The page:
Scudero v. Todd Shipyards Corp.

Annotate this Case

63 Wn.2d 46 (1963)

385 P.2d 551


No. 36319.

The Supreme Court of Washington, En Banc.

October 10, 1963.

Karr, Tuttle, Campbell, Koch & Granberg, for appellant.

Corbett, Siderius & Lonergan, for respondent.


Defendant appeals from an adverse judgment, entered under admiralty principles, assigning error to the application of maritime law, refusal of proposed instructions, and the admission of certain evidence.

Plaintiff, a carpenter, was injured aboard a nonself-propelled barge, the Limestone, anchored in defendant's shipyard on the navigable waters of Puget Sound. The Limestone is a 4,271 ton, 350 foot, reinforced concrete LST type craft, constructed at San Francisco in 1943 for the military service. During or after World War II it came to Tacoma, where it remained until removed to defendant's shipyard. *47 At the time of plaintiff's injury, the Limestone was privately owned, undocumented, and undergoing refitting preparatory to documentation and use as a commercial barge in Alaskan waters. Heavy materials for carrying out the refitting work were delivered from dockside to the deck of the vessel by defendant's dockside gantry crane, operated by defendant's employees. Defendant had subcontracted to plaintiff's employer, General Construction Company, the work of fitting the deck for steel rails upon which was to be mounted a Whirly crane. Plaintiff's task aboard the Limestone was to construct wooden forms for concrete footings to support the steel rails. Upon the day of the accident, plaintiff noticed a sling load of steel rails being lifted by defendant's gantry crane over the bow of the vessel and to the area where he was working. In plaintiff's words, he called to his foreman:

"A.... and I says, `Where do you want me to put the load?' And he says, `That isn't our job.' That's what he said to me. I said, `Well, it's hanging here. Let's get it.' I wanted to get it down out of the way. And then he said, `Well, put it on the side.' I told him there isn't much room there, you know. It was only about 8 foot on the side. So I got the the laborer and I told him to get some dunnage to put down there."

After placing several two by fours for the load to rest upon, plaintiff positioned himself at the end of the load and signaled the crane operator to lower the rails. When the rails were about a foot off the deck plaintiff noticed an inexperienced workman standing in a position where he could be injured if the rails spread upon contact with the deck. Plaintiff moved to the side of the load and shouted a warning. Before plaintiff could return to a position of safety, the rails were lowered to the deck, spread, and injured his right foot.

Plaintiff was covered by the Longshoremen's and Harbor Workers' Compensation Act, 33 U.S.C.A. § 901, et seq., and for a period of time following his injury plaintiff received compensation, voluntarily paid by the insurer. Thereafter, plaintiff instituted suit against defendant alleging negligence *48 in failing to have personnel (a "rigger") aboard the Limestone to direct the crane operator in the lowering of the rails. The defendant affirmatively pleaded contributory negligence and assumption of risk (volenti non fit injuria) on the part of plaintiff.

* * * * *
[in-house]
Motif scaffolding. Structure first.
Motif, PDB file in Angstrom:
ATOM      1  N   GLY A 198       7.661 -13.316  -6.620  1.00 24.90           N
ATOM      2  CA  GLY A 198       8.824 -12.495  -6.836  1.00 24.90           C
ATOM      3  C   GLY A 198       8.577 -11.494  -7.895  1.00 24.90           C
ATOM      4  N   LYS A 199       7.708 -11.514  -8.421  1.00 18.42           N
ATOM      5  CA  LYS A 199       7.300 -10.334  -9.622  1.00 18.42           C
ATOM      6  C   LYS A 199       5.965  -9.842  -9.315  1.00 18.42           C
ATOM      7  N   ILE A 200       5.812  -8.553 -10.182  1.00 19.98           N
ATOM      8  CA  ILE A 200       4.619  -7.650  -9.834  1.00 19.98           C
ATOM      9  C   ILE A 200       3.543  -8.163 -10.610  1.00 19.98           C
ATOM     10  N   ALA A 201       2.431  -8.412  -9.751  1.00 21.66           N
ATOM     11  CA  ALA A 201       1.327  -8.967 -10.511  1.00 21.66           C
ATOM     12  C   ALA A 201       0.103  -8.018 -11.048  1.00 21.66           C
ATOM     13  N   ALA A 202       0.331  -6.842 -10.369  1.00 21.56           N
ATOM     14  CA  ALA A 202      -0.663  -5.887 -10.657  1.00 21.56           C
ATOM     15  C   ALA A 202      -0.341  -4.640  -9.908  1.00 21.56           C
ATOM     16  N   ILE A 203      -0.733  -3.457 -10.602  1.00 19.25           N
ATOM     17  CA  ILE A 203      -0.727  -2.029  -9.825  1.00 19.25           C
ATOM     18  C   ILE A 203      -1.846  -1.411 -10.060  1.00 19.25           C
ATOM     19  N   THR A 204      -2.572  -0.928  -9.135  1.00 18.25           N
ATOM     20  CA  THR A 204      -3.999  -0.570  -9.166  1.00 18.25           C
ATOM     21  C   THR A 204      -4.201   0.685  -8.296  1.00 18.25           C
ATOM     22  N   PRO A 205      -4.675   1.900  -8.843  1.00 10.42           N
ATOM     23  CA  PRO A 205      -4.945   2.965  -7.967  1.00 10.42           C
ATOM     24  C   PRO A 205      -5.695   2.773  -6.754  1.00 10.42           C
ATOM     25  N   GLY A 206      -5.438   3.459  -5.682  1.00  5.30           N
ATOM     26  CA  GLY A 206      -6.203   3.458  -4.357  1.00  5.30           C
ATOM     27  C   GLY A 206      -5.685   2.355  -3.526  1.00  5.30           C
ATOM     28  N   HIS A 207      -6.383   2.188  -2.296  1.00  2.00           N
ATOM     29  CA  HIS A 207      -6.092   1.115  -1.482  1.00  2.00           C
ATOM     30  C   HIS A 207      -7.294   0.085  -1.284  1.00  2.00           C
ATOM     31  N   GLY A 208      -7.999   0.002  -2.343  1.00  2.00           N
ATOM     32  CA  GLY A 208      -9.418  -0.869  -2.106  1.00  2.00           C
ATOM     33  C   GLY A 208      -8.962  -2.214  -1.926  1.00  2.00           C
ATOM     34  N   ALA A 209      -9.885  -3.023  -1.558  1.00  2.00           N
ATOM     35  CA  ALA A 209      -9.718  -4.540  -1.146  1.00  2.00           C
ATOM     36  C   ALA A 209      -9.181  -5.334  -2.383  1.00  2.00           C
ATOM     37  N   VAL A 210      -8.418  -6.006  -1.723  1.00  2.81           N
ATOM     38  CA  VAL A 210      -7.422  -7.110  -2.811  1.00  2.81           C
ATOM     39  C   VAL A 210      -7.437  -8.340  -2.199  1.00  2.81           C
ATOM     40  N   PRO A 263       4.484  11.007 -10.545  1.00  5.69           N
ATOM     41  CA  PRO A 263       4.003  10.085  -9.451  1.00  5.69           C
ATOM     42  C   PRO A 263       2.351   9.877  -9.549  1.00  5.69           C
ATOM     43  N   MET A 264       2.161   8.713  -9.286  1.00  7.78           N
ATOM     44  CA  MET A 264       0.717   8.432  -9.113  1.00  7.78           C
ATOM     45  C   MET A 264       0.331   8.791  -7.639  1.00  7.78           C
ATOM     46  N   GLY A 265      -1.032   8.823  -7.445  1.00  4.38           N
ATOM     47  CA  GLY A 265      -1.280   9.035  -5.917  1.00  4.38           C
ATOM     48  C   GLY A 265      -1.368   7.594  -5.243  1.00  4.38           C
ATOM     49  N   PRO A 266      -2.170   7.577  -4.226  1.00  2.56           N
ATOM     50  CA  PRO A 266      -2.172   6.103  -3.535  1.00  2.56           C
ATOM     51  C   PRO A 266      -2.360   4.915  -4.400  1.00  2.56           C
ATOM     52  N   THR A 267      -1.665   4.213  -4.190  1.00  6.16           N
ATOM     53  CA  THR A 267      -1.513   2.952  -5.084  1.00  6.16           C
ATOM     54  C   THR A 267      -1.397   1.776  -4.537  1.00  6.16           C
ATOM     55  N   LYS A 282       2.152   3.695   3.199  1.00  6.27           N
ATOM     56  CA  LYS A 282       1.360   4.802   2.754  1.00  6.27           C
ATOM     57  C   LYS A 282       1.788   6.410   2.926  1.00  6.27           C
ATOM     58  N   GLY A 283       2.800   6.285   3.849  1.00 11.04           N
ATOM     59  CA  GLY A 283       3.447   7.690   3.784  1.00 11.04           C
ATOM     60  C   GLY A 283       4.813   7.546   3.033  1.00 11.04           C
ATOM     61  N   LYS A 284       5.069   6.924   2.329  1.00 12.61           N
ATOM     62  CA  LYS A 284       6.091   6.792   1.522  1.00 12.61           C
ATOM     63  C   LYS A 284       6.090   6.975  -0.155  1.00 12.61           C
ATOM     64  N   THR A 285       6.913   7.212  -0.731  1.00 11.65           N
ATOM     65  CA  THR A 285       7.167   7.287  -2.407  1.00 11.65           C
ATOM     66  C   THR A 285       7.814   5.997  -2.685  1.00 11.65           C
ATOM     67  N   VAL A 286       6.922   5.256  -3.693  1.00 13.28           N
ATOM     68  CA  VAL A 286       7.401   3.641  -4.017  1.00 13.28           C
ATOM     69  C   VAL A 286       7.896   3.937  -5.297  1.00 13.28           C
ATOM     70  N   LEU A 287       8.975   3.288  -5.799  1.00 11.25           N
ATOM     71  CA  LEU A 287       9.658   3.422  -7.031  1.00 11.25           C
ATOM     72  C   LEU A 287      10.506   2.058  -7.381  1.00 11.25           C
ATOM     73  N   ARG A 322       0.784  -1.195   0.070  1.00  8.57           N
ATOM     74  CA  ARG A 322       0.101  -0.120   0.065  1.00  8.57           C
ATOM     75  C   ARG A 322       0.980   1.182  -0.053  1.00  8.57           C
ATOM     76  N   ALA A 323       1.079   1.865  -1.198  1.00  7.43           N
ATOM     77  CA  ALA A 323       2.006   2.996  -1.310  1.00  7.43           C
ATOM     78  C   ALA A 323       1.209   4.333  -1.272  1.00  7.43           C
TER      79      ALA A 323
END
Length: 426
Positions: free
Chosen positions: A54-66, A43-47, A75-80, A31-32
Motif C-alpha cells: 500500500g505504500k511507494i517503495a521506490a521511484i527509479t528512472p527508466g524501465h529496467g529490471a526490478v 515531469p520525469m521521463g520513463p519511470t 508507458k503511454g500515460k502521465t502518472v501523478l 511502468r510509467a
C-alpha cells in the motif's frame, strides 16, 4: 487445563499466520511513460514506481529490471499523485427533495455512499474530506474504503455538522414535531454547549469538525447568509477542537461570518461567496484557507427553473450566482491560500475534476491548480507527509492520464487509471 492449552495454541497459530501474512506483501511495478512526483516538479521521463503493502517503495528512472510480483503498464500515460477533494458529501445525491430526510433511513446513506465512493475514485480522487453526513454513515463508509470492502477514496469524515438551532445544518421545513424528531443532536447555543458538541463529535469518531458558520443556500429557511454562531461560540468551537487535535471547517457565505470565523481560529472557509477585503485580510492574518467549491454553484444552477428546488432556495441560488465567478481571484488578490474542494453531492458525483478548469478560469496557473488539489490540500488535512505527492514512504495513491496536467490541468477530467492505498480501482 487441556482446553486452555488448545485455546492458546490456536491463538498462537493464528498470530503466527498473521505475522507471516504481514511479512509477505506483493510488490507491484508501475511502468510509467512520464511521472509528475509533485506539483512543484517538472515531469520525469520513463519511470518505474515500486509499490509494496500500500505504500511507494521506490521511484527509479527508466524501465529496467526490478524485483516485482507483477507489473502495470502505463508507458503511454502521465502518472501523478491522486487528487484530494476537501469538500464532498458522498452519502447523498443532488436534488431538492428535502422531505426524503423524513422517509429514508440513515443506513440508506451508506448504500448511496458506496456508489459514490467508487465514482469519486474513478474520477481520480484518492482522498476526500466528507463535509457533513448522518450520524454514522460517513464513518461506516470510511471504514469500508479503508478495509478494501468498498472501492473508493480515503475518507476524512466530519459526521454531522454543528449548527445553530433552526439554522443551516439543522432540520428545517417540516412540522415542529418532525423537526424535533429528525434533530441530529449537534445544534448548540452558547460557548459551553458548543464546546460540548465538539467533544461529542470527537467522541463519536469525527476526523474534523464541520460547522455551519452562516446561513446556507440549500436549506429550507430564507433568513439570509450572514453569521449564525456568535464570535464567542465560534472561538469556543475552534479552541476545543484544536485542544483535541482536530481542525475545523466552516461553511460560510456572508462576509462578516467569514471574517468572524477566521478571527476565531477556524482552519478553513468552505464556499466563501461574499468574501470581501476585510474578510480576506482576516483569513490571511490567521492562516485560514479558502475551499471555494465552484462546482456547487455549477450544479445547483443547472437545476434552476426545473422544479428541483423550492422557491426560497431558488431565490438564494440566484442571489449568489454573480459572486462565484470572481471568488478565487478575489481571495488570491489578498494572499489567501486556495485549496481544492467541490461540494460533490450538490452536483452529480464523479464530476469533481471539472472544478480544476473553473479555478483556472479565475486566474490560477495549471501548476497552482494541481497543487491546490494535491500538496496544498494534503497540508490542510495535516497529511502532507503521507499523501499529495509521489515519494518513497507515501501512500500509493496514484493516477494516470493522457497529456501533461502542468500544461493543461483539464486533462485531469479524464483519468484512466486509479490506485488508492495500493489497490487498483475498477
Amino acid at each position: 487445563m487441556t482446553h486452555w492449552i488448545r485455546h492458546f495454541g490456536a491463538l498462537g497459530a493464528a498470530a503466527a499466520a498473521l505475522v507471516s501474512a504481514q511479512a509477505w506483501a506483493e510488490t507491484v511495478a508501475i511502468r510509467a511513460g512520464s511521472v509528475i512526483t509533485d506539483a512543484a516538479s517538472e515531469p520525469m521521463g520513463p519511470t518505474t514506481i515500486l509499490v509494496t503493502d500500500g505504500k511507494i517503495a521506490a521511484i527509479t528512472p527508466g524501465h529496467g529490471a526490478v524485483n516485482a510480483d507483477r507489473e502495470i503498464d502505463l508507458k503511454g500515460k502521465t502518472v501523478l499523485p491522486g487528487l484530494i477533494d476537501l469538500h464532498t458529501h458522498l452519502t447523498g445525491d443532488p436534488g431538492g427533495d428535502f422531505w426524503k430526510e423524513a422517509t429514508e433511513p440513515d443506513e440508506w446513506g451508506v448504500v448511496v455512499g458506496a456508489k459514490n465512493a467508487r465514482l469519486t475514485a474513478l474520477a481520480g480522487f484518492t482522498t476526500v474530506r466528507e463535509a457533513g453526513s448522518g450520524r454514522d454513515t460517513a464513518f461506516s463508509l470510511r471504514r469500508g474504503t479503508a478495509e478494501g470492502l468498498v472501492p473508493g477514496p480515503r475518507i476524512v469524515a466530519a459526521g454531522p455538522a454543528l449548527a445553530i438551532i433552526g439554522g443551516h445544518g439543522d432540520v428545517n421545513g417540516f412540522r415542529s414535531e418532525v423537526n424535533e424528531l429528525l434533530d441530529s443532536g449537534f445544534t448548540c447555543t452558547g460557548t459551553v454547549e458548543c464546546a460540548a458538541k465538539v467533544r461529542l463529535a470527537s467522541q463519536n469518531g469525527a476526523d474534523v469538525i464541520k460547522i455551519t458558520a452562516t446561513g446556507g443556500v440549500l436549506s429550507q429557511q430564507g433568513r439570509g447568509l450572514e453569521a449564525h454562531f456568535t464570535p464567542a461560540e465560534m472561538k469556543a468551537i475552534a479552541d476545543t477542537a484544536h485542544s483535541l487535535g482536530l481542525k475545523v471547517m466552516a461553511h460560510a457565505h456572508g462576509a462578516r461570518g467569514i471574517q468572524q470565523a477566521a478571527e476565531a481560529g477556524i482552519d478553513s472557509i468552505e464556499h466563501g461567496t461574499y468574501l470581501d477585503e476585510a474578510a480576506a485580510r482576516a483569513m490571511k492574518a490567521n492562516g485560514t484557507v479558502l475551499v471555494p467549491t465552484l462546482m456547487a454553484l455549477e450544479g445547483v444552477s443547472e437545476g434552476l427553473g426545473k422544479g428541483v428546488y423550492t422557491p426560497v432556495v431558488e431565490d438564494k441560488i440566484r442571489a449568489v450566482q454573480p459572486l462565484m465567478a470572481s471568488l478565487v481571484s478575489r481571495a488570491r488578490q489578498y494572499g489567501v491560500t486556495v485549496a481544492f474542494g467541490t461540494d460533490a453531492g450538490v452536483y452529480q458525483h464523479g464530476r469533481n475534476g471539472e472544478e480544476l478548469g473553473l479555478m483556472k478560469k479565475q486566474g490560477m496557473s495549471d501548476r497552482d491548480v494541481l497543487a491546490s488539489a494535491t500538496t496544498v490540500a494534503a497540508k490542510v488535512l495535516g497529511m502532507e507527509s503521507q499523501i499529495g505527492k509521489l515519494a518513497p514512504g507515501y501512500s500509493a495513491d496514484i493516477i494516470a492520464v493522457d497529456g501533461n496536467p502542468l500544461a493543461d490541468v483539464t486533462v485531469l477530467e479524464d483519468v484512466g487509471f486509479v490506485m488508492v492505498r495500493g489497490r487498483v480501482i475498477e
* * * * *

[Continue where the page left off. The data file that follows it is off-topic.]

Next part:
The jury, in answer to special interrogatories (which the parties concede, under Rule of Pleading, Practice and Procedure 49, controls the general verdict), found defendant guilty of negligence, proximately causing the accident to the extent of 95 per cent, and found plaintiff assumed the risk or was guilty of contributory negligence, proximately causing the accident to the extent of 5 per cent. The jury assessed plaintiff's total damage at $10,000. The trial court, after denying defendant's motion for judgment notwithstanding the verdict or in the alternative for a new trial, applied the admiralty doctrine of comparative negligence and entered judgment for plaintiff in the sum of $9,500.

Defendant first asserts the trial court erred in applying maritime law, contending that the tort alleged is not related to maritime work and, in any event, the doctrine of assumption of risk (volenti non fit injuria) bars recovery.

[1] State courts derive in personam admiralty jurisdiction from 28 U.S.C.A. § 1333(1),[1] commonly referred to as the "saving to suitors" clause. Panama R. Co. v. Vasquez, 271 U.S. 557, 70 L. Ed. 1085, 46 S. Ct. 596; Cline v. Price, 39 Wn. (2d) 816, 239 P. (2d) 322. And, the substantive rules of the maritime law apply to the action whether the proceeding be instituted in an admiralty or in a common law or state court. Carlisle Packing Co. v. Sandanger, 259 U.S. 255, 66 L. Ed. 927, 42 S. Ct. 475.

The United States Supreme Court has treated as settled the rule that admiralty jurisdiction depends in contract matters upon the nature of the transaction involved, and in tort matters upon the tortious event occurring upon *49 navigable waters. The Plymouth, 70 U.S. 20 (3 Wall. 20), 18 L. Ed. 125; Grant Smith-Porter Ship Co. v. Rohde, 257 U.S. 469, 66 L. Ed. 321, 42 S. Ct. 157, 25 A.L.R. 1008; Gonsalves v. Morse Dry Dock & Repair Co., 266 U.S. 171, 69 L. Ed. 228, 45 S. Ct. 39; Minnie v. Port Huron Terminal Co., 295 U.S. 647, 79 L. Ed. 1631, 55 S. Ct. 884; The Admiral Peoples, 295 U.S. 649, 79 L. Ed. 1633, 55 S. Ct. 885.